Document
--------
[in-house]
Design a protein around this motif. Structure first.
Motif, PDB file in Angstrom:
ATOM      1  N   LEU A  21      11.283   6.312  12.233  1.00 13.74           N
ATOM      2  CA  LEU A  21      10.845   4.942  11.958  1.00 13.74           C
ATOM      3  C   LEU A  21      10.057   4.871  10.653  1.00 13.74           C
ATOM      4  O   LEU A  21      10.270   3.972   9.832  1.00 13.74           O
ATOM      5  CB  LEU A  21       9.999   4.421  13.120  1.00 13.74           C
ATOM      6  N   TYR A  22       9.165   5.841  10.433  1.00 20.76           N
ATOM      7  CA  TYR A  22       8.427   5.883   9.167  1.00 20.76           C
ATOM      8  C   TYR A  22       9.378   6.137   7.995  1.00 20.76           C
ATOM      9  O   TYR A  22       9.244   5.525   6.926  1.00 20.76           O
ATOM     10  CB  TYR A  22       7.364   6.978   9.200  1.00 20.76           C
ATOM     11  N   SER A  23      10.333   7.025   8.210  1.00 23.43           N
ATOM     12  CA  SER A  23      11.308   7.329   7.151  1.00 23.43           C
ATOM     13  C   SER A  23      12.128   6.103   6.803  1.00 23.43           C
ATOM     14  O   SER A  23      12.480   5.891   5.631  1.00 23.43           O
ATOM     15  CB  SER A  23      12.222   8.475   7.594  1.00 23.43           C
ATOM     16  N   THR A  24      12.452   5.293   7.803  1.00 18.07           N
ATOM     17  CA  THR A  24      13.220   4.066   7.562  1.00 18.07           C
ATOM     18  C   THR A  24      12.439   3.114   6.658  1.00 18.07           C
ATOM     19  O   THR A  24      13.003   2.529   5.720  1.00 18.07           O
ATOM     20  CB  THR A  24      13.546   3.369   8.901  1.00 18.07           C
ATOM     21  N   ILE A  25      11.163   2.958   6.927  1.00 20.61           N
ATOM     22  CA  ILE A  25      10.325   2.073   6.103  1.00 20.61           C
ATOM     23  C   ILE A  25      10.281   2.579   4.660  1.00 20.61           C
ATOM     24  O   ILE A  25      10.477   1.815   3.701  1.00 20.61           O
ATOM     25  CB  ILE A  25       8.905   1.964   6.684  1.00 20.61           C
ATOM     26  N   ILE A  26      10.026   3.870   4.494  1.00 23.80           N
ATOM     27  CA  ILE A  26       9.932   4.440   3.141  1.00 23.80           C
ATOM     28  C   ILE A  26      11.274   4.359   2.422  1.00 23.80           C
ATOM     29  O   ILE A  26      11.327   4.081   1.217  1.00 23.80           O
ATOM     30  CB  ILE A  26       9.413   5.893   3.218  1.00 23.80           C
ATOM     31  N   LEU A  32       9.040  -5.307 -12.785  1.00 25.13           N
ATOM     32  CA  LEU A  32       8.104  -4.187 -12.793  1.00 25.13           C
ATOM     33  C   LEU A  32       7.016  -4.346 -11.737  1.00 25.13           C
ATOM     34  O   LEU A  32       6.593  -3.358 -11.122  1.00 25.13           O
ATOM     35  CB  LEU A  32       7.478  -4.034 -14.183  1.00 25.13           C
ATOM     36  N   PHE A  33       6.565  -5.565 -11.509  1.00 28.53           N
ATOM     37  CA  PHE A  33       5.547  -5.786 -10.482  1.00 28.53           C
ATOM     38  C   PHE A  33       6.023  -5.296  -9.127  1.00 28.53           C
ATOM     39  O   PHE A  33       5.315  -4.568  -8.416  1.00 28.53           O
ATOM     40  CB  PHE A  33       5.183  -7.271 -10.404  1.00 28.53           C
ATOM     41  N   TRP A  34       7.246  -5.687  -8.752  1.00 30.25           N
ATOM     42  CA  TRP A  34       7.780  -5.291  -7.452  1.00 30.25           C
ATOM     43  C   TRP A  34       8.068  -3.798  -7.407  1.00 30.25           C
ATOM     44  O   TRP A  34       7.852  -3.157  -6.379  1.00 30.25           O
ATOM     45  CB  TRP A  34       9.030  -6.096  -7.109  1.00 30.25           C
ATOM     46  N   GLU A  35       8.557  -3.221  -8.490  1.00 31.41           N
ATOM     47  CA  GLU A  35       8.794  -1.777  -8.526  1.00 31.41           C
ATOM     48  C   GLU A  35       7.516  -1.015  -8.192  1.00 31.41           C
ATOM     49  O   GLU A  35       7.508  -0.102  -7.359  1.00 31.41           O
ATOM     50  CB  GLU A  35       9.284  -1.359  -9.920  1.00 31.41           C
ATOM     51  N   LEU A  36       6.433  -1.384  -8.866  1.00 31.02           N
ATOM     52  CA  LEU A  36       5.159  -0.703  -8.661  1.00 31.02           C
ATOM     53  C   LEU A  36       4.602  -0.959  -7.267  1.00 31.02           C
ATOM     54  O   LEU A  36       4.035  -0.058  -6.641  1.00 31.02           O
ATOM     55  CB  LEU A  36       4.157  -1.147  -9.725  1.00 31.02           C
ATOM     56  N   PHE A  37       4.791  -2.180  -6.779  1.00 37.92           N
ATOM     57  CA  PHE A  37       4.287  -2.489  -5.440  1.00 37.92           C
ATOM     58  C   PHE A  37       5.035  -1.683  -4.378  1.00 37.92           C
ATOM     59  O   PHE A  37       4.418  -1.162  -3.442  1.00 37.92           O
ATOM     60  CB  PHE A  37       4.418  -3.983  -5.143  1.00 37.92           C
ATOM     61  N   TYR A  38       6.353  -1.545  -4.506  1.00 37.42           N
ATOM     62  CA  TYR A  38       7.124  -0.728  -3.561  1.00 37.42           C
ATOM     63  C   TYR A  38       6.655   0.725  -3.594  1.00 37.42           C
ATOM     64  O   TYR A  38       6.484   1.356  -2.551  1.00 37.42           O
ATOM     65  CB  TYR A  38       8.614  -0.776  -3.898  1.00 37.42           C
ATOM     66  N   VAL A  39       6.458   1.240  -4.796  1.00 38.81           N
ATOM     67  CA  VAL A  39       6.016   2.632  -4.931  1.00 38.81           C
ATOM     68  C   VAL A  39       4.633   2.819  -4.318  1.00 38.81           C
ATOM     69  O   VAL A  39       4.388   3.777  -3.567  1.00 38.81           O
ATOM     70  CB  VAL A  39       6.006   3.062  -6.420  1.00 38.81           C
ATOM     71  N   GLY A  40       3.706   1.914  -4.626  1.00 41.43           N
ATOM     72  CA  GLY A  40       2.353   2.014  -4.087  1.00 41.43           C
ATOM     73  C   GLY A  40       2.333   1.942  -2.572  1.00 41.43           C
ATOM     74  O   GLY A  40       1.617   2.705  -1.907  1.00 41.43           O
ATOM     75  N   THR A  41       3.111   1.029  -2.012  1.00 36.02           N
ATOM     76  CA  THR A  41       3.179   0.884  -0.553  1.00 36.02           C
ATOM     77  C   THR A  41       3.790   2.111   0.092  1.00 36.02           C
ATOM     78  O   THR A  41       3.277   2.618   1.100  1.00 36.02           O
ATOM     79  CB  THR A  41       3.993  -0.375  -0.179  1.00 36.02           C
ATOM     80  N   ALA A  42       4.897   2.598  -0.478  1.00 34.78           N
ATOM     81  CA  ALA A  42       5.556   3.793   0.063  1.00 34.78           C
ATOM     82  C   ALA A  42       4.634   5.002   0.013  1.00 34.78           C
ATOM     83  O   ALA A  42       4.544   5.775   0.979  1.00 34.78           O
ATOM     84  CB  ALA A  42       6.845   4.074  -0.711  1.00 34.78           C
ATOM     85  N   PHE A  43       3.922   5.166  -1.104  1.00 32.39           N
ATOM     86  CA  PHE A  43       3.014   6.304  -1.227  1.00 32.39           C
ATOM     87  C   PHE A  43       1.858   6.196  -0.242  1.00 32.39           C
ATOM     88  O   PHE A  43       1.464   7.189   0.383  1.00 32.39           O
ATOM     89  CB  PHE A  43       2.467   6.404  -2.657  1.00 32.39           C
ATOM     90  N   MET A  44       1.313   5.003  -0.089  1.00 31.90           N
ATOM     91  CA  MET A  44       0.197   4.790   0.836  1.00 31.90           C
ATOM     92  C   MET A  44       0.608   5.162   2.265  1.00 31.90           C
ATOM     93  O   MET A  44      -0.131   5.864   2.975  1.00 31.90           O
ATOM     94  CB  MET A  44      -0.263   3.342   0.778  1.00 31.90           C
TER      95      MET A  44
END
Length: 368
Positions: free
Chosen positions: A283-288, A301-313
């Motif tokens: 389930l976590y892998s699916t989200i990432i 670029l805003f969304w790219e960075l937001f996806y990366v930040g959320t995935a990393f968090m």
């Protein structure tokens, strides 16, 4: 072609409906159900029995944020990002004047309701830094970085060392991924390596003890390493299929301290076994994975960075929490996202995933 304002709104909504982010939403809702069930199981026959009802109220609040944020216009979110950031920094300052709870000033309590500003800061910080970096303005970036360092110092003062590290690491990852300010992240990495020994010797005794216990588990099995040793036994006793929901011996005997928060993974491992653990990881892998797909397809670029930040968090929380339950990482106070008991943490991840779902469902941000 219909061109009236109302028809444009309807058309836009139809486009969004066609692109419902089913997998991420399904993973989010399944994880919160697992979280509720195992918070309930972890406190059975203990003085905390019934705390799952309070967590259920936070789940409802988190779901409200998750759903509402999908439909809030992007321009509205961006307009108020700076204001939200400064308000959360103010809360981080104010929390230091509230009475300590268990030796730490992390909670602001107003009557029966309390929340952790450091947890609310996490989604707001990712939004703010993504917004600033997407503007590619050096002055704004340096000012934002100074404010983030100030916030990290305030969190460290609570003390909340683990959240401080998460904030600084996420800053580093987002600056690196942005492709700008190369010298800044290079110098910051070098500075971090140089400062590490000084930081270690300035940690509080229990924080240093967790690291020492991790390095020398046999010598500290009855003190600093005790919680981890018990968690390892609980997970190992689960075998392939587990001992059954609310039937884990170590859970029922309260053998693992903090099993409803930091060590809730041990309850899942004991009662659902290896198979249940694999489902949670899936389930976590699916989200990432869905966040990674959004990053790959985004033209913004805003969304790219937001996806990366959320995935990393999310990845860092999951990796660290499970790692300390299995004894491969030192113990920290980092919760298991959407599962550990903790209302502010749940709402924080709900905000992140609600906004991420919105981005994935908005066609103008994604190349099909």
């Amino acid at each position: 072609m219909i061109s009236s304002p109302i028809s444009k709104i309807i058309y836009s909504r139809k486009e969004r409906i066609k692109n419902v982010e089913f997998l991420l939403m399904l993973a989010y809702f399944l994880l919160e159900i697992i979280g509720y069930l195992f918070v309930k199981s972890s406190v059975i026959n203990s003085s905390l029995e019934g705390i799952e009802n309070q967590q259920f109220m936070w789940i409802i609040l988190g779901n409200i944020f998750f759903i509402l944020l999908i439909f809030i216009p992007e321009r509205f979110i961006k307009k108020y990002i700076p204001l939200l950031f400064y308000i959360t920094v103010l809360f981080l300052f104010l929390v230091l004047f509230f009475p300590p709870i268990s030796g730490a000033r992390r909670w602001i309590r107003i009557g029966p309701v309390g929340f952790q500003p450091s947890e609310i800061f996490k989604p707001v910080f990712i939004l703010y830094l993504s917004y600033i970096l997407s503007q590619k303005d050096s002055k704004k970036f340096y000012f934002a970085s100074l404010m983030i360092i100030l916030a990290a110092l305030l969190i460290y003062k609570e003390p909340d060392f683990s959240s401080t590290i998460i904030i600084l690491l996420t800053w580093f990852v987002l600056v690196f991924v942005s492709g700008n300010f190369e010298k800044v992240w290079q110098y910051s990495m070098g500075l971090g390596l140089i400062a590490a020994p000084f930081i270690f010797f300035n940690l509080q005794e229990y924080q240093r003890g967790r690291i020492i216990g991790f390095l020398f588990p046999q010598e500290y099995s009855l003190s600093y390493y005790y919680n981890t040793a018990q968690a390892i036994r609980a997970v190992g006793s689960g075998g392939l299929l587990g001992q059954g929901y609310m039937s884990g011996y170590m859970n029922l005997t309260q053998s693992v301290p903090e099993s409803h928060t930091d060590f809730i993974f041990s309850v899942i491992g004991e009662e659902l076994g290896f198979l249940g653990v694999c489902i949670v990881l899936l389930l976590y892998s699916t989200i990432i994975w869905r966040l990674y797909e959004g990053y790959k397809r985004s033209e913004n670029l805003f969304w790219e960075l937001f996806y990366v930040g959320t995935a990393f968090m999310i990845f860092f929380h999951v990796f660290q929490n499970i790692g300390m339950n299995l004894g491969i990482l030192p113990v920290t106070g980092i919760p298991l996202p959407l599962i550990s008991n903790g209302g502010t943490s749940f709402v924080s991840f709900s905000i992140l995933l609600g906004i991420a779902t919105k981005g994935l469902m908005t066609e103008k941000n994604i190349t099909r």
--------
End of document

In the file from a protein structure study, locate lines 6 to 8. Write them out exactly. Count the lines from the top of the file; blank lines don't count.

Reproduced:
ATOM      3  C   LEU A  21      10.057   4.871  10.653  1.00 13.74           C
ATOM      4  O   LEU A  21      10.270   3.972   9.832  1.00 13.74           O
ATOM      5  CB  LEU A  21       9.999   4.421  13.120  1.00 13.74           C